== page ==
Trends in Pediatric Palliative Care Research 2019; Issue #1

Commentary by Megan Doherty, MD, FRCPC, Fellowship in Palliative Medicine, Children’s Hospital of Eastern Ontario and Roger Neilson House, Palliative Care Team, Pediatric Program Director, Two Worlds Cancer Collaboration Foundation

Feature Article: Weaver, M. S., & Wichman, C. (2018). Implementation of a Competency-Based, Interdisciplinary Pediatric Palliative Care Curriculum Using Content and Format Preferred by Pediatric Residents. Children (Basel), 5(12).

Other Articles Referenced: Moody, K., McHugh, M., Baker, R., Cohen, H., Pinto, P., Deutsch, S., Santizo, R. O., Schechter, M., Fausto, J., & Joo, P. (2017). Providing Pediatric Palliative Care Education Using Problem-Based Learning. Journal of Palliative Medicine.

View Issue #1 Citation List in the Library

PDF of Issue #1 of the Citation List

It is excellent to find this article which provides a clear description how to implement a competency-focused palliative care curriculum for pediatric residents.

In this article, the authors describe how they developed and implemented a palliative care education curriculum for pediatric residents. The curriculum was developing through a participatory approach to which involved residents in the development of the monthly sessions, through prioritization and strategizing around key palliative care competencies. This led to the development of a series of monthly 1 hour “Pal Care Power Hour” sessions which incorporated case examples, teaching and group discussion. This suggests a simple format which many pediatric palliative care teams could incorporate into their teaching activities. The authors provide a description of the topics covered in the Pal Care Power Hours sessions (Appendix A) which can serve a useful guide to possible topics to be incorporated into similar training programs for pediatric residency programs in Canada.

Many pediatric palliative care programs are located at tertiary Children’s Hospitals where pediatric residents are trained, but programs may not be able to accommodate all residents for a clinical rotation, due to limitations in the size of their clinical service. The described format of monthly teaching session offers a relatively simple way to provide training on palliative care for all pediatric residents. This format may have the additional benefits of complementing existing clinical exposure for residents and raising awareness among other clinical staff.

Recently, competency-based medical education (CBME) has become an important consideration among medical educators in Canada, with the planned transition to this model of education for all post-graduate training programs in the next 5 years. Thus there is a growing interest among educators about how the competency-based model can be incorporated into training in the field of palliative medicine. This article illustrates several practical ways of incorporating palliative medicine competencies into pediatric residency training.

The authors choose to highlight Social Cognitive Theory, which can guide the development of educational initiatives where behavioural changes are desired, in this case emphasizing increasing resident competency in palliative medicine, not simply knowledge acquisition.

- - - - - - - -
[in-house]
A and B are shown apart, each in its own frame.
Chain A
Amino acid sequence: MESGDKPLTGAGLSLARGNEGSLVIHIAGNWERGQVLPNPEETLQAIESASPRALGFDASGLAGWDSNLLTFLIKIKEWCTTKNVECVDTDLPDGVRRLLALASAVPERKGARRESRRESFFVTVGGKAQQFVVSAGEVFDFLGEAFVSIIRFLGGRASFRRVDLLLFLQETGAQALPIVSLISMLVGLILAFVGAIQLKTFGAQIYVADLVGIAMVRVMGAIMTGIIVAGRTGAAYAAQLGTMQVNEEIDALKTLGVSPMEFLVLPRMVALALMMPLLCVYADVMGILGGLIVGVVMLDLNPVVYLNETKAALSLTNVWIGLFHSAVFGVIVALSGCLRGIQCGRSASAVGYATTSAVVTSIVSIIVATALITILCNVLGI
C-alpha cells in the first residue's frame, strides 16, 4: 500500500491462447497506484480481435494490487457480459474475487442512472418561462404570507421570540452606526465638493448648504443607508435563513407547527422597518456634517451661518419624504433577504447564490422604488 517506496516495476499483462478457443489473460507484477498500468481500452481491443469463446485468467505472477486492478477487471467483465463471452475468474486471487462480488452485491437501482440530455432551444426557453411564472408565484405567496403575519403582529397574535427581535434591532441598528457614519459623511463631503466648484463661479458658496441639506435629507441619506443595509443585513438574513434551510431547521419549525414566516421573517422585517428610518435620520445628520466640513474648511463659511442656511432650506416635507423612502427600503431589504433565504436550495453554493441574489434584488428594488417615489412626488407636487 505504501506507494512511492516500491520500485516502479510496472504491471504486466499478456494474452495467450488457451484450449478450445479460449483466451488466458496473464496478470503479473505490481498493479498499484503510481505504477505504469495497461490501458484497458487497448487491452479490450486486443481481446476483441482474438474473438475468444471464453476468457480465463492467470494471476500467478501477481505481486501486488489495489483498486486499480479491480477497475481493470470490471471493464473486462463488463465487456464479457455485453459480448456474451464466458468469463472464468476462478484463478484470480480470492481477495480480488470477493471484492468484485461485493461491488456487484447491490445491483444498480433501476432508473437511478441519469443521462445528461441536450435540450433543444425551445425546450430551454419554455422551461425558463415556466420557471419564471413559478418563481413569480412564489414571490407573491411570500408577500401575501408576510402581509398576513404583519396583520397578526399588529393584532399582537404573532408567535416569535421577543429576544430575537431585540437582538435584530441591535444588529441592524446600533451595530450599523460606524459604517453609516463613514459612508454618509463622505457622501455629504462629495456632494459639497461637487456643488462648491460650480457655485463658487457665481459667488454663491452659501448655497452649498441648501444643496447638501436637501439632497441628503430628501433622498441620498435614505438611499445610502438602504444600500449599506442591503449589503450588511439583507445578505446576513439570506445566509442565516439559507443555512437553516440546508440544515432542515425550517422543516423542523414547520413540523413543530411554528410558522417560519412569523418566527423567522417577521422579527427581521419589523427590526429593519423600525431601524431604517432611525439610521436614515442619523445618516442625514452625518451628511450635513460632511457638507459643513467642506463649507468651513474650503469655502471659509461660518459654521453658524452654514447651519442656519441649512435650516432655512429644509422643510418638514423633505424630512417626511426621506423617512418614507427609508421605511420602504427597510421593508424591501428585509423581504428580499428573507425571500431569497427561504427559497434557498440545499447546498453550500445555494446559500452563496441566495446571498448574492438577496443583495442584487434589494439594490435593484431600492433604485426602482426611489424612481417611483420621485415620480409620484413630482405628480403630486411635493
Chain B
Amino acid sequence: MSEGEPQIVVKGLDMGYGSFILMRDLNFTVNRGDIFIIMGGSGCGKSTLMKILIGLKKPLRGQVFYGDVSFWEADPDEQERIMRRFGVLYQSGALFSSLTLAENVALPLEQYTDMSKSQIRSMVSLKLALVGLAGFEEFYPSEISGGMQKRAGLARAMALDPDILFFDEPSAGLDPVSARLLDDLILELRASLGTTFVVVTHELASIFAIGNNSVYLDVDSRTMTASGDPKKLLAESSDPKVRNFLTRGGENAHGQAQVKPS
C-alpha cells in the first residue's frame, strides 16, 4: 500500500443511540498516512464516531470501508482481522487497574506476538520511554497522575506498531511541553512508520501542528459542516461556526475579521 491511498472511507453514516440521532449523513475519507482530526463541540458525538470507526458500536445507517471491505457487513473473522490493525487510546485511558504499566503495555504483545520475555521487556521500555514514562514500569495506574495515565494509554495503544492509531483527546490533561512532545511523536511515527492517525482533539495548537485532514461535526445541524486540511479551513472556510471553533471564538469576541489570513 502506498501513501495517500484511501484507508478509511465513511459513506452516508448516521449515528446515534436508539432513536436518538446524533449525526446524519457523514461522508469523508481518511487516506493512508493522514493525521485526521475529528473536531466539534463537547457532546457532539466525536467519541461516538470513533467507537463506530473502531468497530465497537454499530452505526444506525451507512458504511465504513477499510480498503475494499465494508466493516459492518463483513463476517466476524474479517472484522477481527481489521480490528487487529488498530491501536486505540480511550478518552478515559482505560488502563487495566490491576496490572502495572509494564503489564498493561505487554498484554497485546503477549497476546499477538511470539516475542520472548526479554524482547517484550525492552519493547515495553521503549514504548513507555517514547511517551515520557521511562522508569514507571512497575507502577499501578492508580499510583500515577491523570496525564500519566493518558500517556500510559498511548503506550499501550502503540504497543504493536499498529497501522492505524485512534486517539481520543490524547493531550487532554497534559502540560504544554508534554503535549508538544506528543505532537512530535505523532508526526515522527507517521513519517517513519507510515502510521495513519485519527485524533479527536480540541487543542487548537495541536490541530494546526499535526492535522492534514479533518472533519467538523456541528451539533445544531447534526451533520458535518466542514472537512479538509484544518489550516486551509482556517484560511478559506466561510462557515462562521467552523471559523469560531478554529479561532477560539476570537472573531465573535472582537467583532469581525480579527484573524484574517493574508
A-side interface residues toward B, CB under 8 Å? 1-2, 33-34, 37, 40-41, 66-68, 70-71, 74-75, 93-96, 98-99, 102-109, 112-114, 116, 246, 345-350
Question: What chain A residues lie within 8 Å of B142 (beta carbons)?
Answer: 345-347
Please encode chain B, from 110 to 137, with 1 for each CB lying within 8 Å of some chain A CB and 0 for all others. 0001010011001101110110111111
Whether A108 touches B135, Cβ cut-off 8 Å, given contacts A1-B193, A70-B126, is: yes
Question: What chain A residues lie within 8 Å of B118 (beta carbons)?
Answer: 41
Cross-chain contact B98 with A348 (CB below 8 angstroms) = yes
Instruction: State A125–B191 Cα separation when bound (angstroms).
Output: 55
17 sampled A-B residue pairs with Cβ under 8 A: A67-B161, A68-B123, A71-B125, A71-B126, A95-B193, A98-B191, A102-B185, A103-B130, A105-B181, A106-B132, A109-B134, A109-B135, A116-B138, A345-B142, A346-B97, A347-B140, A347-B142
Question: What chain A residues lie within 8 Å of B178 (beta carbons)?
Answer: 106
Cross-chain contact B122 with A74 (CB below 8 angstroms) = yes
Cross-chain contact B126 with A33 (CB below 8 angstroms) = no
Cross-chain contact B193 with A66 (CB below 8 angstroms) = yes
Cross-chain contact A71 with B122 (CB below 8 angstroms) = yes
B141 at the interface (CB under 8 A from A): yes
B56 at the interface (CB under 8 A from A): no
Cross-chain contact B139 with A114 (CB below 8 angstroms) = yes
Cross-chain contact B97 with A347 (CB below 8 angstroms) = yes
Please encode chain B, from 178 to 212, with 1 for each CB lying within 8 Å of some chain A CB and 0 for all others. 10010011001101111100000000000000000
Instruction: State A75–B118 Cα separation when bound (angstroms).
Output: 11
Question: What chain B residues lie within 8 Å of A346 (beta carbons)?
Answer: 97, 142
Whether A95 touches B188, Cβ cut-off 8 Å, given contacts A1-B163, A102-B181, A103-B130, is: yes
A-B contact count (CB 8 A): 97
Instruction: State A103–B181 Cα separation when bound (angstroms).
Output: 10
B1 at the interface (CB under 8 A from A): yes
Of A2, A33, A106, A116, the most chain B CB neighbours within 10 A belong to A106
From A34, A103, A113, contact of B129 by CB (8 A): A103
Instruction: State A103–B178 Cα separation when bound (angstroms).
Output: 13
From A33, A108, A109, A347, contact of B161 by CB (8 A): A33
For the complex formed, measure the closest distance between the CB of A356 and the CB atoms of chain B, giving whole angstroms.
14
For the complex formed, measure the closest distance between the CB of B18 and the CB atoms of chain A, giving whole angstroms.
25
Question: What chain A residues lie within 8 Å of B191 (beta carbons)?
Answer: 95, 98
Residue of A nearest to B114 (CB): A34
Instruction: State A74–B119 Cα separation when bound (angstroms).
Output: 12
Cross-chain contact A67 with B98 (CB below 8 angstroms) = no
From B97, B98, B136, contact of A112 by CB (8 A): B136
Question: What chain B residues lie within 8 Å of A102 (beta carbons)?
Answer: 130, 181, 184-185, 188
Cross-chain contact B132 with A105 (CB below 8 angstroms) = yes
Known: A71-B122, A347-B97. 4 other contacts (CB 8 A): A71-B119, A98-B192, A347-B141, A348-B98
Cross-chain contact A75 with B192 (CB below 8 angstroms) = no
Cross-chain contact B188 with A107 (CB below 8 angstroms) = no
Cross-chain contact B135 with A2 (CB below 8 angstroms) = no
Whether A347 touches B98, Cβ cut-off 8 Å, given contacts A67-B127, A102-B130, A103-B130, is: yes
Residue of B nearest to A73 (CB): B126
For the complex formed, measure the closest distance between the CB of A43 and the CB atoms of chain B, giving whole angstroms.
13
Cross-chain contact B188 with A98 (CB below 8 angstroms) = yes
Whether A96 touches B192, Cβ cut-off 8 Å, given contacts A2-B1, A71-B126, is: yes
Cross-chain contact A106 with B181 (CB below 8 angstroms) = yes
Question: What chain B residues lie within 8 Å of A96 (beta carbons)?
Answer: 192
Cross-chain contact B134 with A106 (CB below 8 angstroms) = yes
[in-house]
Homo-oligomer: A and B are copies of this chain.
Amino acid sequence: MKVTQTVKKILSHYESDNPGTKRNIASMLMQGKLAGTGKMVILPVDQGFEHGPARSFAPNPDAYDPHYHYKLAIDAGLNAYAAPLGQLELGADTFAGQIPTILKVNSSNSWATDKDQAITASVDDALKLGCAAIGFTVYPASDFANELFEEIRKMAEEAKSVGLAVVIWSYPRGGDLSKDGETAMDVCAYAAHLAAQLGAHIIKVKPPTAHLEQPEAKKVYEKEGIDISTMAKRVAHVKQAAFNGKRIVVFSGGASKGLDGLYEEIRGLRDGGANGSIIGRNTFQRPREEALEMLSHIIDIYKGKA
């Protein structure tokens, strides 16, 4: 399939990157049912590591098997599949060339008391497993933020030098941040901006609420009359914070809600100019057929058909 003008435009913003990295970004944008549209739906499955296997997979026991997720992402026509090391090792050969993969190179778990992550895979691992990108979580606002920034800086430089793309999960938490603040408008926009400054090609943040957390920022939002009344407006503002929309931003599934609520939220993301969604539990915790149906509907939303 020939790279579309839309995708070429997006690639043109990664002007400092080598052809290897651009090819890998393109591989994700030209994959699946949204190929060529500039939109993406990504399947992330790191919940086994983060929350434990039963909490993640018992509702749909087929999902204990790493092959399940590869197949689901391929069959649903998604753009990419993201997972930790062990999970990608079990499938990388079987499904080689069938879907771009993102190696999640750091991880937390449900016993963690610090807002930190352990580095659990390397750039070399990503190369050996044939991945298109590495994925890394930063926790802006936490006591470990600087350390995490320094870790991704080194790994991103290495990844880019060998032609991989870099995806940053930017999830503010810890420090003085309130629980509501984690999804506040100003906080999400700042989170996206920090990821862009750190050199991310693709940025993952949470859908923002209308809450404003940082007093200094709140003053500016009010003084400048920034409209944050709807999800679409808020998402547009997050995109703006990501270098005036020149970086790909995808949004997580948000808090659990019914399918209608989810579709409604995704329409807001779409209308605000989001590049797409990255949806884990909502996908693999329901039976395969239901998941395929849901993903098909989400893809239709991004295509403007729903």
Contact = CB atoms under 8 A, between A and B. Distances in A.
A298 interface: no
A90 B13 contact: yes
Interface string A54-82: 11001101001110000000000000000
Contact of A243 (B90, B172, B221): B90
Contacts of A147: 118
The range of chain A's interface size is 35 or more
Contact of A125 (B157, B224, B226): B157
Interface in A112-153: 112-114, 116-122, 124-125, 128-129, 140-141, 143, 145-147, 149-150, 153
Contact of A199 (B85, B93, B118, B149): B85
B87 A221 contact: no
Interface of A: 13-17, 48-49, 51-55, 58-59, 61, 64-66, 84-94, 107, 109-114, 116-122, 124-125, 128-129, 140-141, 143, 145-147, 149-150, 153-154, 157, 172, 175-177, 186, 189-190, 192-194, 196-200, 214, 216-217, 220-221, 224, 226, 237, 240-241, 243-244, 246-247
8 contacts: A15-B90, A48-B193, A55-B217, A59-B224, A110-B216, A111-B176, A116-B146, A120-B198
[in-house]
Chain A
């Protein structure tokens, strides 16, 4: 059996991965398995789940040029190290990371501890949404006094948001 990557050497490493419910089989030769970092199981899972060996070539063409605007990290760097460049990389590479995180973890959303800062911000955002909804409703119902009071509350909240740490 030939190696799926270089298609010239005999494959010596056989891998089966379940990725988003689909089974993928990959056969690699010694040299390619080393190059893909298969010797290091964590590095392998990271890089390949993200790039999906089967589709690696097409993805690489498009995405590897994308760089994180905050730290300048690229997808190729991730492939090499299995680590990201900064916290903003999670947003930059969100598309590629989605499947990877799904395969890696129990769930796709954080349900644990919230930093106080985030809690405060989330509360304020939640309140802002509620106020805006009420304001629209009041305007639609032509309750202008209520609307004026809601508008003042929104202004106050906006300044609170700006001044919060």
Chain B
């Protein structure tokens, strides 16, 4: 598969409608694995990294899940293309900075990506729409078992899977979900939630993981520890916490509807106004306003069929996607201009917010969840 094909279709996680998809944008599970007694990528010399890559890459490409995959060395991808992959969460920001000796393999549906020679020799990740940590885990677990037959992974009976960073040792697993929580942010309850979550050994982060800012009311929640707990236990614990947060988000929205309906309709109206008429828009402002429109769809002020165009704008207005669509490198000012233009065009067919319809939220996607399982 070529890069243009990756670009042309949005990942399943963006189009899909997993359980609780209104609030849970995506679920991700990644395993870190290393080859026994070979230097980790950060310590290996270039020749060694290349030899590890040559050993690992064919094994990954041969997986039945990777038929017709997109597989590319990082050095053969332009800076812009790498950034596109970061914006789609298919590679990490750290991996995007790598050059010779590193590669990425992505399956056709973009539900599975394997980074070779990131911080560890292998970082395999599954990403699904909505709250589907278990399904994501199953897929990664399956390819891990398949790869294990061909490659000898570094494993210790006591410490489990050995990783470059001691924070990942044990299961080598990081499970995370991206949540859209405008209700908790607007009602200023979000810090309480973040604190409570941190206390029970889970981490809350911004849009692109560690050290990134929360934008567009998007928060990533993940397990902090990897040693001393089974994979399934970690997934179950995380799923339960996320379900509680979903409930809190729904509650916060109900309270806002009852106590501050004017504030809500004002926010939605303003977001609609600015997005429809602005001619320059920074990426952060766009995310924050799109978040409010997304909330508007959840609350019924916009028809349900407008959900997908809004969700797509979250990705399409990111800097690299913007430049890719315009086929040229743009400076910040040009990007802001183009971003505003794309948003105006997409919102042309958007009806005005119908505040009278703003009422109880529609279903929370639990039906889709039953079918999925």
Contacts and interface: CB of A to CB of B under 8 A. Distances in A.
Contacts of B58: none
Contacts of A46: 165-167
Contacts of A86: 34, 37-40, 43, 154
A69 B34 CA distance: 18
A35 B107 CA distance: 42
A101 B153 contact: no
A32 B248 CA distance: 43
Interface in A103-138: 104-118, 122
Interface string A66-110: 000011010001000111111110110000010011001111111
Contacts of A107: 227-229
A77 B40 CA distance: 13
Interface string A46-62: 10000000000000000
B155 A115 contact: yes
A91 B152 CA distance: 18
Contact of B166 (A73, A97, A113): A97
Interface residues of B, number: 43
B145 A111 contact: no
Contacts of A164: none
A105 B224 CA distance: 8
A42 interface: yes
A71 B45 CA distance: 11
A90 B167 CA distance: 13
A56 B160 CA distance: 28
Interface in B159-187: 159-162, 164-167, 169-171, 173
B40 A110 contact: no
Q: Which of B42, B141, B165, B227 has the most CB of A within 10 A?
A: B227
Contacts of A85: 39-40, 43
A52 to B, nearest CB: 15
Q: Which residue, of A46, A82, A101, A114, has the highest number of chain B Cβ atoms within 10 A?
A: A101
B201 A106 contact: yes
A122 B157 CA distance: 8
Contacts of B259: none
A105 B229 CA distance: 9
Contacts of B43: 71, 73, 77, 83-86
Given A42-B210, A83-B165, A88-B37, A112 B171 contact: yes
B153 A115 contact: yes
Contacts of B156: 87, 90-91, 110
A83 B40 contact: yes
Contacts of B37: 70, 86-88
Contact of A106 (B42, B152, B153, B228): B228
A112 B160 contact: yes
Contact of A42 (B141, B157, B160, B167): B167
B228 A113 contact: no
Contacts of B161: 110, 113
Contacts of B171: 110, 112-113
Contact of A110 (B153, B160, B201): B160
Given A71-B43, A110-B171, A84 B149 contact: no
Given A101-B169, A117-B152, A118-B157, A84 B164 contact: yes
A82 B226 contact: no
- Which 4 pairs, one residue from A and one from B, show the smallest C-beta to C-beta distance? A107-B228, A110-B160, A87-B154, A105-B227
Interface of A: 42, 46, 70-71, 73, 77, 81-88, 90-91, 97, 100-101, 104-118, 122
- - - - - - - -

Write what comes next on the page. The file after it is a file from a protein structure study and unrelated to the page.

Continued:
In the article, the authors describe how Social Cognitive Theory suggests that for competency to develop, residents must intend “to incorporate palliative care principles into patient care”. To assess the effect of the training program on this, residents completed pre- and post-surveys, which included questions about attitudes towards their own skill in palliative care, including confidence and self-efficacy. These attitudes increased significantly on the post-palliative care curriculum survey.

Another component of Social Cognitive Theory, which the authors describe, is Situation – the perceptions of residents that there are opportunities to “integrate palliative care into patient care”. In the same survey, residents were asked to rate their perceptions of the medical community in supporting their efforts to apply palliative care principles and offering opportunities to integrate palliative care. Residents were also asked to rate their perceptions of the environment receptivity to palliative care (Figure 2). Their ratings of these supports also improved on post-surveys, when compare to the pre-curriculum survey.

The development of the “Pal Care Power Hour” with real life case discussions is an example competency-based medical education. The use of real case discussions was highly rated by the residents who participated in this program, highlighting the value of developing training which encourages application of palliative care principles in patient care. This article complements another recent study by Moody et al, which describes the effects of a pediatric palliative care problem-based learning (PBL) module on knowledge, attitudes and self-assessed competency for medical students. Clearly efforts to incorporate competency-based palliative care training into medical education are needed at both the under-graduate and post-graduate level and these recent publications are early steps in developing the evidence base in this area.